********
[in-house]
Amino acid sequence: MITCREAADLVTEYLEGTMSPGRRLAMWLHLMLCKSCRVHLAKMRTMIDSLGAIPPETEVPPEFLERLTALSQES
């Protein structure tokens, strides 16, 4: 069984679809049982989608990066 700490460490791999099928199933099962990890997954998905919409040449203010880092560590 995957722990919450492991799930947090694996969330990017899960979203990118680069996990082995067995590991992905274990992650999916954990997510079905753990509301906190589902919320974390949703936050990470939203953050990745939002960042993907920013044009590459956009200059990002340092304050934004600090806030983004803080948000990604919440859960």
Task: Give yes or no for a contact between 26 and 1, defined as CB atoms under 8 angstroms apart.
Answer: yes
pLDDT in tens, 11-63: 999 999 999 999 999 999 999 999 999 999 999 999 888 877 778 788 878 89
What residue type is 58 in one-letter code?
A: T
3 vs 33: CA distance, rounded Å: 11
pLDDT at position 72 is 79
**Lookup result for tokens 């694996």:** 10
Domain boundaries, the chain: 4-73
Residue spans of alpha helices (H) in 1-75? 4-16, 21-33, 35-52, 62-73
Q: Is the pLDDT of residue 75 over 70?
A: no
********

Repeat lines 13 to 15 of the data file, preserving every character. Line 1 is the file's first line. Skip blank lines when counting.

Residue spans of alpha helices (H) in 1-75? 4-16, 21-33, 35-52, 62-73
Q: Is the pLDDT of residue 75 over 70?
A: no